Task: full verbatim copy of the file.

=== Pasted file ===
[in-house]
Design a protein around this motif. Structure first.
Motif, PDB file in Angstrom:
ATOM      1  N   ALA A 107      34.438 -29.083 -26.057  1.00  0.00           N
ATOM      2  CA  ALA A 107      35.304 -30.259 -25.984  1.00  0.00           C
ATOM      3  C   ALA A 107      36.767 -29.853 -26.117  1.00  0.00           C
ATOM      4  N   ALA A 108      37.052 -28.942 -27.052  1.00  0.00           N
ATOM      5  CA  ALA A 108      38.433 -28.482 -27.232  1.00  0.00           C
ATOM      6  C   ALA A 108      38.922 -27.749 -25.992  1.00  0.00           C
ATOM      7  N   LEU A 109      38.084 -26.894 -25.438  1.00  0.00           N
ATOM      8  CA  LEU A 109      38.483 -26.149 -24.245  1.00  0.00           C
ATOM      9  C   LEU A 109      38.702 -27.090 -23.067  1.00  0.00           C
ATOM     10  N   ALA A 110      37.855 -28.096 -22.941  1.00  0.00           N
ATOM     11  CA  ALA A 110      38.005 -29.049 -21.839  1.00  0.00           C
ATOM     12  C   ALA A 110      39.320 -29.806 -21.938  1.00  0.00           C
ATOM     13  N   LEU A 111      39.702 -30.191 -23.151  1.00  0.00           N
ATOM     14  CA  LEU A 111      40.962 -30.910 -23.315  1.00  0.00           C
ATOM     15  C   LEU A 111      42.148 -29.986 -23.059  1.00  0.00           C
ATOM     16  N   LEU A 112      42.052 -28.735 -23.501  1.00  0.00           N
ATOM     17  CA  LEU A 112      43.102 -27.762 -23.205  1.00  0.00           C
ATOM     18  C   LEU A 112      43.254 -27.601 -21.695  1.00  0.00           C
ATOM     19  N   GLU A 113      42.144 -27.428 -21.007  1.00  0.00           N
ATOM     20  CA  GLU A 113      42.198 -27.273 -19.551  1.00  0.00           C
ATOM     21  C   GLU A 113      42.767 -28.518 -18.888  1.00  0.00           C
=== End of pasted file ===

[in-house]
Design a protein around this motif. Structure first.
Motif, PDB file in Angstrom:
ATOM      1  N   ALA A 107      34.438 -29.083 -26.057  1.00  0.00           N
ATOM      2  CA  ALA A 107      35.304 -30.259 -25.984  1.00  0.00           C
ATOM      3  C   ALA A 107      36.767 -29.853 -26.117  1.00  0.00           C
ATOM      4  N   ALA A 108      37.052 -28.942 -27.052  1.00  0.00           N
ATOM      5  CA  ALA A 108      38.433 -28.482 -27.232  1.00  0.00           C
ATOM      6  C   ALA A 108      38.922 -27.749 -25.992  1.00  0.00           C
ATOM      7  N   LEU A 109      38.084 -26.894 -25.438  1.00  0.00           N
ATOM      8  CA  LEU A 109      38.483 -26.149 -24.245  1.00  0.00           C
ATOM      9  C   LEU A 109      38.702 -27.090 -23.067  1.00  0.00           C
ATOM     10  N   ALA A 110      37.855 -28.096 -22.941  1.00  0.00           N
ATOM     11  CA  ALA A 110      38.005 -29.049 -21.839  1.00  0.00           C
ATOM     12  C   ALA A 110      39.320 -29.806 -21.938  1.00  0.00           C
ATOM     13  N   LEU A 111      39.702 -30.191 -23.151  1.00  0.00           N
ATOM     14  CA  LEU A 111      40.962 -30.910 -23.315  1.00  0.00           C
ATOM     15  C   LEU A 111      42.148 -29.986 -23.059  1.00  0.00           C
ATOM     16  N   LEU A 112      42.052 -28.735 -23.501  1.00  0.00           N
ATOM     17  CA  LEU A 112      43.102 -27.762 -23.205  1.00  0.00           C
ATOM     18  C   LEU A 112      43.254 -27.601 -21.695  1.00  0.00           C
ATOM     19  N   GLU A 113      42.144 -27.428 -21.007  1.00  0.00           N
ATOM     20  CA  GLU A 113      42.198 -27.273 -19.551  1.00  0.00           C
ATOM     21  C   GLU A 113      42.767 -28.518 -18.888  1.00  0.00           C